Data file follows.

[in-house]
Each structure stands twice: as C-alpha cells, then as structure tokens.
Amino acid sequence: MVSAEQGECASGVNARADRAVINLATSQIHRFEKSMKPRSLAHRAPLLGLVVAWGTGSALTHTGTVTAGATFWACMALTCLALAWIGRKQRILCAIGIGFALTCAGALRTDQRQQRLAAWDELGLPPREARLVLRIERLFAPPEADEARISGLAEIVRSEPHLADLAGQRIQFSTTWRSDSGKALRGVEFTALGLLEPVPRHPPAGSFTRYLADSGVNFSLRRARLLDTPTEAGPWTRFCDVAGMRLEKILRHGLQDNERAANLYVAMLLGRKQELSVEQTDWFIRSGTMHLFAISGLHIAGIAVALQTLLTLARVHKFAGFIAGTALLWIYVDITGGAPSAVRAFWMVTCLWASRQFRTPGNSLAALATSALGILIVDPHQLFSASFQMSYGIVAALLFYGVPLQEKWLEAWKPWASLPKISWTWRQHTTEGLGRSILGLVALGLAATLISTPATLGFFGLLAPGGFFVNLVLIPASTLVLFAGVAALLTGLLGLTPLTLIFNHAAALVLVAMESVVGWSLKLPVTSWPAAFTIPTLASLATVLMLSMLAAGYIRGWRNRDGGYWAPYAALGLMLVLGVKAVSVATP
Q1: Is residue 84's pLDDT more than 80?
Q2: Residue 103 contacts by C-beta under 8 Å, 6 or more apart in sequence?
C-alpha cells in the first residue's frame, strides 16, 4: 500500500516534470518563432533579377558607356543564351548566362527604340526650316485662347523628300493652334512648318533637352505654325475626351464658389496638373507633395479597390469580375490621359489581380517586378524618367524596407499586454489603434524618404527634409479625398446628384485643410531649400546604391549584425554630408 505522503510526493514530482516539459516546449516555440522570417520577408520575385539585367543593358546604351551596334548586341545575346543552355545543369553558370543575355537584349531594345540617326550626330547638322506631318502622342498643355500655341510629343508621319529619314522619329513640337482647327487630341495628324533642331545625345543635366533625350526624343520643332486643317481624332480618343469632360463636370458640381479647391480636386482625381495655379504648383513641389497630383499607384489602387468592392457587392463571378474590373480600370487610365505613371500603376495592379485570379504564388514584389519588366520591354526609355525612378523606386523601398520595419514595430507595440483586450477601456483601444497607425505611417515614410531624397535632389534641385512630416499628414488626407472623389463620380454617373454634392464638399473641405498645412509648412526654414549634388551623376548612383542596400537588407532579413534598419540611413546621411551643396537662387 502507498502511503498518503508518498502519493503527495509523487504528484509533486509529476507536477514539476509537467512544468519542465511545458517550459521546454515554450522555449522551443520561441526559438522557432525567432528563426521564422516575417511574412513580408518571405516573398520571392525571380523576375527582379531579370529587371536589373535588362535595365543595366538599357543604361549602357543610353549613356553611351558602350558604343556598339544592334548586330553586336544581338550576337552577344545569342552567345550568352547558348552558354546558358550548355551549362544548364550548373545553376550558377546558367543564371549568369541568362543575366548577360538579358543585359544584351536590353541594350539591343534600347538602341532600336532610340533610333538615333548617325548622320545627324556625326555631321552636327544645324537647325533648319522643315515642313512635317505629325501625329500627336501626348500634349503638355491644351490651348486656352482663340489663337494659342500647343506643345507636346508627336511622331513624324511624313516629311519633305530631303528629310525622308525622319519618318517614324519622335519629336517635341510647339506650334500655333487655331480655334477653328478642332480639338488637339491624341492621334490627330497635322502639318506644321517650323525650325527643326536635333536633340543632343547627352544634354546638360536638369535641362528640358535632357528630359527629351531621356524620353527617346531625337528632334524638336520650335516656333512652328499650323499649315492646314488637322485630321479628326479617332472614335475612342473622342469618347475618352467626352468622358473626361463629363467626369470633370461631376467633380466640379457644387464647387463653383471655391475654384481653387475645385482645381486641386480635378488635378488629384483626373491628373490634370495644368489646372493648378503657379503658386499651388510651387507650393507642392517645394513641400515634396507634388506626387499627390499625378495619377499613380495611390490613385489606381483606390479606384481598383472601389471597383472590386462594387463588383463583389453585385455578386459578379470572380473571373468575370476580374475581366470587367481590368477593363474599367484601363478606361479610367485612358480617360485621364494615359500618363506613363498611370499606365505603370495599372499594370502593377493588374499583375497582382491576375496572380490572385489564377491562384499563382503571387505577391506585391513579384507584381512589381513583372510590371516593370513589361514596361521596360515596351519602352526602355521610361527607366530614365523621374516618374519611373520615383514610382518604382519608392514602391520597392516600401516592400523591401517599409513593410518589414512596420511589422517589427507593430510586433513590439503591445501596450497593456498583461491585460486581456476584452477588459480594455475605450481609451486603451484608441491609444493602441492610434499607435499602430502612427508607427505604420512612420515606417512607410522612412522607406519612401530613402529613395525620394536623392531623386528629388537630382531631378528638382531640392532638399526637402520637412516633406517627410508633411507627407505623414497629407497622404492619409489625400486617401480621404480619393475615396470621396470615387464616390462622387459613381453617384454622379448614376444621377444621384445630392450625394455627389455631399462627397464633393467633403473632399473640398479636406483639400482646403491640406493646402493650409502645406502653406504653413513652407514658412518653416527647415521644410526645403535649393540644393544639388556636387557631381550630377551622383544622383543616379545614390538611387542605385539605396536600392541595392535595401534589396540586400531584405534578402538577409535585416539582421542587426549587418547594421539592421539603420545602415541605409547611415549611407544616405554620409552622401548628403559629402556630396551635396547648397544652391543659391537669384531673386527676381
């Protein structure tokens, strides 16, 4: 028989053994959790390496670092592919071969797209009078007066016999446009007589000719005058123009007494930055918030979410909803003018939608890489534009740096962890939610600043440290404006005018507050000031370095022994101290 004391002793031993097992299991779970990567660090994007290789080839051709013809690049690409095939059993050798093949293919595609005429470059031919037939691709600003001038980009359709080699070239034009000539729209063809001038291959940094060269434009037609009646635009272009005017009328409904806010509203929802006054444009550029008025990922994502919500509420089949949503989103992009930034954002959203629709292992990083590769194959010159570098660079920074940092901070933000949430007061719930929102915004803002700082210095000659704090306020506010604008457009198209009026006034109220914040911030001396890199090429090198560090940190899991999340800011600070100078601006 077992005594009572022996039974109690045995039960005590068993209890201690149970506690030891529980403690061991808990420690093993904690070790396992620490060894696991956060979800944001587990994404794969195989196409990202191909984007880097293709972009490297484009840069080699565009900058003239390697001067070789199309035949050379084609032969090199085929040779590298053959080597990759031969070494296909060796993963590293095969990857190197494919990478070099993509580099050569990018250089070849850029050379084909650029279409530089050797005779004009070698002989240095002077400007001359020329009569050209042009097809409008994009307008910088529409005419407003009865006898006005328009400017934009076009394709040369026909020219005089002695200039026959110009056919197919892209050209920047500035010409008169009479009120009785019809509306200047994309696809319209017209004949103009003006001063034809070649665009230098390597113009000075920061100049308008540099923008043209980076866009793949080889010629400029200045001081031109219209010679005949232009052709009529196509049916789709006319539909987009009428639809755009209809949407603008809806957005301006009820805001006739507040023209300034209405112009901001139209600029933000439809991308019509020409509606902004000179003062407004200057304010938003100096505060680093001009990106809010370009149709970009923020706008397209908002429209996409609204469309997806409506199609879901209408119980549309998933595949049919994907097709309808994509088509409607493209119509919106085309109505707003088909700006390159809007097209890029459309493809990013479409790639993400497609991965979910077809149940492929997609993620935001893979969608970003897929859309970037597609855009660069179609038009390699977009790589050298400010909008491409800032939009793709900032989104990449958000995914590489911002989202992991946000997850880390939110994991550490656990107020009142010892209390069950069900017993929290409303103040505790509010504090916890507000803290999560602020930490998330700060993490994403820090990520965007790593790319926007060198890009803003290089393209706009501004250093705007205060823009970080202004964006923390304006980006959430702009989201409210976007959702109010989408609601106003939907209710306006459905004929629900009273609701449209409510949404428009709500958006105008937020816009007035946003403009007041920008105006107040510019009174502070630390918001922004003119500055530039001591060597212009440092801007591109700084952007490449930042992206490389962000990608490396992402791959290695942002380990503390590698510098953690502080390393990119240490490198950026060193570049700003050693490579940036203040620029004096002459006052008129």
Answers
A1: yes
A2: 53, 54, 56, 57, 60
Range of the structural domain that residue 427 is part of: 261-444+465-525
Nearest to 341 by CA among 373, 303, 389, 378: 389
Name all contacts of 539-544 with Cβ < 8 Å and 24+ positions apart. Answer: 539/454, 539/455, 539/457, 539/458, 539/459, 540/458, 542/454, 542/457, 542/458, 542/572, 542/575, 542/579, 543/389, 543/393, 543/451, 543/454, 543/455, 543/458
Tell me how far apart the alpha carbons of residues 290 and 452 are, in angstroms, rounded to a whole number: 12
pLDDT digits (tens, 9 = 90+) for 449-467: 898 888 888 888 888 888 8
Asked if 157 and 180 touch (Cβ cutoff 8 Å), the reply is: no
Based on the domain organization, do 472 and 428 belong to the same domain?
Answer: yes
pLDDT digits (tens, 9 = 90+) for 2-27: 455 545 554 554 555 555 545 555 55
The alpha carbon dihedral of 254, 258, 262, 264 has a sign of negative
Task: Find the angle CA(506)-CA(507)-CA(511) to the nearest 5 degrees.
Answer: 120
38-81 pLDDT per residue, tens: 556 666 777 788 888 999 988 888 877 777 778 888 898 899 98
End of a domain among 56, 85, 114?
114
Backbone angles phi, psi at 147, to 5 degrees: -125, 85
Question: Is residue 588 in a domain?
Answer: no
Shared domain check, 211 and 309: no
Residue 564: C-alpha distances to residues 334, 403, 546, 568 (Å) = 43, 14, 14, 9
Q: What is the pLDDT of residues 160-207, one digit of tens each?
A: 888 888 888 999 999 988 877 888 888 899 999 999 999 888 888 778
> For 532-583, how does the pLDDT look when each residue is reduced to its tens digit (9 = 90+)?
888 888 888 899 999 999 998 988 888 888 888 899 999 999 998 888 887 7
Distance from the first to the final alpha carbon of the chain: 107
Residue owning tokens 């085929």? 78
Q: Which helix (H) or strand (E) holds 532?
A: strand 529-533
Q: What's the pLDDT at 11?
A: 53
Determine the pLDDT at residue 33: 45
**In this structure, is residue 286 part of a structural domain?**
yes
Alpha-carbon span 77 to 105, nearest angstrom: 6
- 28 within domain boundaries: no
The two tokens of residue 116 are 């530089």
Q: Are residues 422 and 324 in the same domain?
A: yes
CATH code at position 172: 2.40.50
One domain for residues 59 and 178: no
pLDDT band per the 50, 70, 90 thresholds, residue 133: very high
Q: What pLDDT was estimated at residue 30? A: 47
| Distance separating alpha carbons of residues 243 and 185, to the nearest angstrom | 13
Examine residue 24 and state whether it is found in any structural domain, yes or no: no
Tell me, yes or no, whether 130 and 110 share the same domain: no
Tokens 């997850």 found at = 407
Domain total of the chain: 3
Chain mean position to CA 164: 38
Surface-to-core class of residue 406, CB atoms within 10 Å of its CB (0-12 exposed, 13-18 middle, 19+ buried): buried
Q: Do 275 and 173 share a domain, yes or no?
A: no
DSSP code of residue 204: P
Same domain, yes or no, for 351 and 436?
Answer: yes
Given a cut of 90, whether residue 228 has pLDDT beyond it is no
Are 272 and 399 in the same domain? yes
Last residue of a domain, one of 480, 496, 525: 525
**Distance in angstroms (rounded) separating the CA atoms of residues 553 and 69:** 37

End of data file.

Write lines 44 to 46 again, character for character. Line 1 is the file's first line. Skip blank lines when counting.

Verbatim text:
Alpha-carbon span 77 to 105, nearest angstrom: 6
- 28 within domain boundaries: no
The two tokens of residue 116 are 């530089």